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How Far Apart To Plant Boxwoods

Boxwood trees are highly favored for ornamental purposes, widely used for crafting stunning topiary figures and garden bonsai. Their popularity has soared, especially as hedge plants, prompting questions from gardeners about the required spacing for these plants.

Typically, for creating hedges or foundation plantings, dwarf or small boxwoods should be planted at a distance of 2 to 3 feet apart. For slightly larger varieties, a spacing of 3 to 4 feet is advisable. It’s noteworthy that the largest boxwood varieties have the potential to expand up to 20 feet in width, although achieving this growth takes many years.

Boxwood Hedge Spacing

Name How far apart to plant boxwood for hedge (center to center)
Japanese boxwood 1 ft (30 cm) apart
Korean boxwood 2 ft (60 cm) apart
Green Velvet 1 ft (30 cm) apart
Green Gem 1 ft (30 cm) apart
Baby Jade 2 ft (60 cm) apart
Baby Gem 1 ft (30 cm) apart
Dwarf boxwoods 1 ft (30 cm) apart
Wintergreen boxwood 2 ft (60 cm) apart
Green Mountain 1 ft (30 cm) apart
Buxus sempervirens 2 ft (60 cm) apart
Winter gem 1 ft (30 cm) apart

Dwarf boxwoods should be planted about 1 foot apart. This way you can get a dense hedge relatively quickly.

Larger boxwoods should be planted 2 feet apart or even more. However, keep in mind that the greater the distance between the shrubs, the longer it will take to get a dense hedge.

Distance between boxwood as a specimen plant

If you are planting boxwood as a specimen plant in your garden, the distance to other plants should be at least 3 feet. There should be enough space around the boxwood for air exchange and good light.

Name How far apart to plant boxwood (center to center)
Japanese boxwood 3 ft (90 cm) apart
Korean boxwood 4 ft (120 cm) apart
Green Velvet 3 ft (90 cm) apart
Green Gem 3 ft (90 cm) apart
Baby Jade 2 ft (60 cm) apart
Baby Gem 2.5 ft (75 cm) apart
Dwarf boxwoods  1.5 ft (45 cm) – 3 ft (90 cm) apart
Wintergreen boxwood 3.5 ft (100 cm) apart
Green Mountain 2 ft (60 cm) apart
Buxus sempervirens 4 ft (120 cm) apart
Winter gem 1.5 ft (45 cm) apart

Japanese Boxwood (Buxus microphylla)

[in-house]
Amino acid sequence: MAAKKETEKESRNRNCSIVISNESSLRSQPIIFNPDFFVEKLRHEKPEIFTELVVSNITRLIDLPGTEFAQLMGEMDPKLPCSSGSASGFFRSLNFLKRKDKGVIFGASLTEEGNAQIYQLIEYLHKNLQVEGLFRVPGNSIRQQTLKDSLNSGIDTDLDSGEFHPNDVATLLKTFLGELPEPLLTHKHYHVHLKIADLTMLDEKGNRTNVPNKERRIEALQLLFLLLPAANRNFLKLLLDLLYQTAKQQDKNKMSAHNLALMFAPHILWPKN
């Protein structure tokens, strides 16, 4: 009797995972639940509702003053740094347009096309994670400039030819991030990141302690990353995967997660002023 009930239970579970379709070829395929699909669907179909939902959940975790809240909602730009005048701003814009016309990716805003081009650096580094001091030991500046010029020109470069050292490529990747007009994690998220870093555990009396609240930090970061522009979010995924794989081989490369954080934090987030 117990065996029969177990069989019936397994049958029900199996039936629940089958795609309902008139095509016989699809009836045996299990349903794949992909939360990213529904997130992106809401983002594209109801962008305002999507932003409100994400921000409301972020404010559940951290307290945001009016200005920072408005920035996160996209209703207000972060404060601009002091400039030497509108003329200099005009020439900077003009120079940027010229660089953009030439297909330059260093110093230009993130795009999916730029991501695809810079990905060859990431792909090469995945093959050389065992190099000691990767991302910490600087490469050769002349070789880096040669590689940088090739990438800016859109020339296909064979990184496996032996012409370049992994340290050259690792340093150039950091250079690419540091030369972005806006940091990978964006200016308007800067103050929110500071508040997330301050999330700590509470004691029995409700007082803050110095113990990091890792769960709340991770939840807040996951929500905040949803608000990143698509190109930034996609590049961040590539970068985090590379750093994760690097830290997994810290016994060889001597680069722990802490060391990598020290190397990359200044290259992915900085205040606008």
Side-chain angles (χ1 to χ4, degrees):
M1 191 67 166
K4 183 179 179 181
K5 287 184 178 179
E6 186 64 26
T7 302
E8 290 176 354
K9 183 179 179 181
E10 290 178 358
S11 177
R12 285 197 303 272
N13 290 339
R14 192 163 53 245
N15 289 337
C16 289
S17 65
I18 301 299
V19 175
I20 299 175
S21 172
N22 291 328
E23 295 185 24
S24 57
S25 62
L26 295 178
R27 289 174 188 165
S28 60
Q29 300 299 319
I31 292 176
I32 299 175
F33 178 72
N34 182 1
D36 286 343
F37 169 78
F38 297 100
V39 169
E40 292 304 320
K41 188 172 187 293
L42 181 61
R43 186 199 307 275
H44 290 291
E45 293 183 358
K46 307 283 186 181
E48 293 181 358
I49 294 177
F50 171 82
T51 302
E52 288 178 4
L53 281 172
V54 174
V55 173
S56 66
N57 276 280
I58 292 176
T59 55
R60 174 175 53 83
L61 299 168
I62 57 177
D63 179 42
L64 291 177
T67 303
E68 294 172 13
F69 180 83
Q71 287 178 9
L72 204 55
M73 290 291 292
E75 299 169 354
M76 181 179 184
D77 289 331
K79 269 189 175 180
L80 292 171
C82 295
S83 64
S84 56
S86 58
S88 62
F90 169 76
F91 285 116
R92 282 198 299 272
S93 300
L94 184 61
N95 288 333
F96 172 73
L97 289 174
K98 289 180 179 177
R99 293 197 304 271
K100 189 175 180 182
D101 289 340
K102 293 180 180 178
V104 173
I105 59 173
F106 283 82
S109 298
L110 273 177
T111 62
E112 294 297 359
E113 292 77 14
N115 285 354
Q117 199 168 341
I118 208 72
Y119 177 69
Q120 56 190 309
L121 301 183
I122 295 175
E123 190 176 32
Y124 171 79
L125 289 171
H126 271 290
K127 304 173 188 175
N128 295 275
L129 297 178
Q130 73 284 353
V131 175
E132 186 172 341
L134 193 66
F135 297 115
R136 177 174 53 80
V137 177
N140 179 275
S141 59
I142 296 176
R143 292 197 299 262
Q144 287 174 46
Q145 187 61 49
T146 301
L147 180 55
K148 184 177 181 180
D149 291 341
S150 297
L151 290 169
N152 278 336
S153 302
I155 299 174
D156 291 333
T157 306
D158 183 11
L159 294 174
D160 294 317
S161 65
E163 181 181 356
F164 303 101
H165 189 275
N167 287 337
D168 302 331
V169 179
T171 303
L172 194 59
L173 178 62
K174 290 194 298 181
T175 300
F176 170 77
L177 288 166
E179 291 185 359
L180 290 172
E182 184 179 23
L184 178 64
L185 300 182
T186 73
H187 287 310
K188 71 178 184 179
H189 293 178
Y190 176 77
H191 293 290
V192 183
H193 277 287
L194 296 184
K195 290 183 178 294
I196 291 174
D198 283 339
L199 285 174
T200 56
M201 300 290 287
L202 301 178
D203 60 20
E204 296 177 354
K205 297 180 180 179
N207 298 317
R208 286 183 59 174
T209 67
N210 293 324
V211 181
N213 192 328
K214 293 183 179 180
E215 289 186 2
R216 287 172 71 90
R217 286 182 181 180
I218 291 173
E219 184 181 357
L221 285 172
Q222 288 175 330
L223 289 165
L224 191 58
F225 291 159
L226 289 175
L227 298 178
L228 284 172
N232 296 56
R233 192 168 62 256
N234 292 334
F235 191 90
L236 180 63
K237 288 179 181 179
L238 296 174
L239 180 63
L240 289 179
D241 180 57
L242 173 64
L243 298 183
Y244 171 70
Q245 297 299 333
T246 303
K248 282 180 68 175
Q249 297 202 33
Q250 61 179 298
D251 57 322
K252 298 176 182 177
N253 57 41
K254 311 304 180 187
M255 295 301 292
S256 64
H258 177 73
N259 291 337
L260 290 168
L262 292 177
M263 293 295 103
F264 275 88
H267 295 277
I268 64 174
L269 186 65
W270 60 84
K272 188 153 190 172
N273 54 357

Ideal for compact spaces, the Japanese boxwood typically grows to a width of 4 feet (1.2 m) and a height of 6 feet (1.8 m). When planting, allow a space of 3 feet (90 cm) from center to center for each plant, adding an extra foot for improved air circulation. For hedge cultivation, plant them 2-3 feet (60-90 cm) apart.

Green Velvet

This boxwood hybrid reaches a mature width of 4 feet (1.2 m). Plant other species at least 3 feet (90 cm) away for optimal growth. When forming a hedge, reduce spacing to about 2 feet (50-60 cm). Its moderate growth rate and spherical to slightly oval shape minimize pruning needs.

Green Gem

A compact boxwood variety, Green Gem does not exceed 4 feet in width. Space it 3 feet apart from other garden plants. For hedge formation, plant them with a 2-foot distance between centers.

What to Do When Boxwood Grows Too Close?

Boxwoods, often planted small, can grow and start crowding each other over time, leading to misshapen plants and poor air circulation that promotes fungal growth.

Transplanting Boxwood

One solution is to transplant the boxwood. The ideal transplanting times are mid-spring or early fall, varying slightly depending on your climate zone. Choose a rainy or cloudy day for transplanting and water the boxwood well a few days prior. Early morning or evening is the best time for this task.

Carefully dig up the bush with a shovel, ensuring the roots remain intact and keeping as much of the root ball as possible. When relocating, dig a hole twice as big as the root ball and fill it with a half-and-half mix of garden soil and compost.

Place the boxwood in the hole without burying the trunk, even slightly. Fill the remaining space with the soil mixture and compact it with your feet. Water the plant generously and add more soil if necessary.

Pruning Boxwood

Another approach to manage space issues is pruning. Boxwoods respond well to pruning, making them popular for topiary.

The best time for pruning is when the annual shoots are mature, typically in early to mid-summer. Use sharp pruning shears to shape the bush, trimming medium-thickness branches. Avoid cutting more than a third of the plant in a single year.

Regular pruning throughout the summer helps maintain shape and encourages healthy growth. Keep the plants compact; for instance, a ten-year-old boxwood in my garden has been maintained at a height and width of three feet.

Planting Boxwood Shrubs Near Your House

Concerns about boxwoods damaging house foundations often arise when considering planting them close to a home. While it’s true that very large and robust plants can cause issues, regular pruning of boxwoods typically prevents them from causing significant damage. However, it’s still advisable not to plant these shrubs too close to walls.

For dwarf boxwoods, maintain a distance of 3-4 feet from your house. Larger boxwood varieties should be planted at least 6 feet away. This guideline is also applicable when planting near fences with concrete foundations or other similar structures.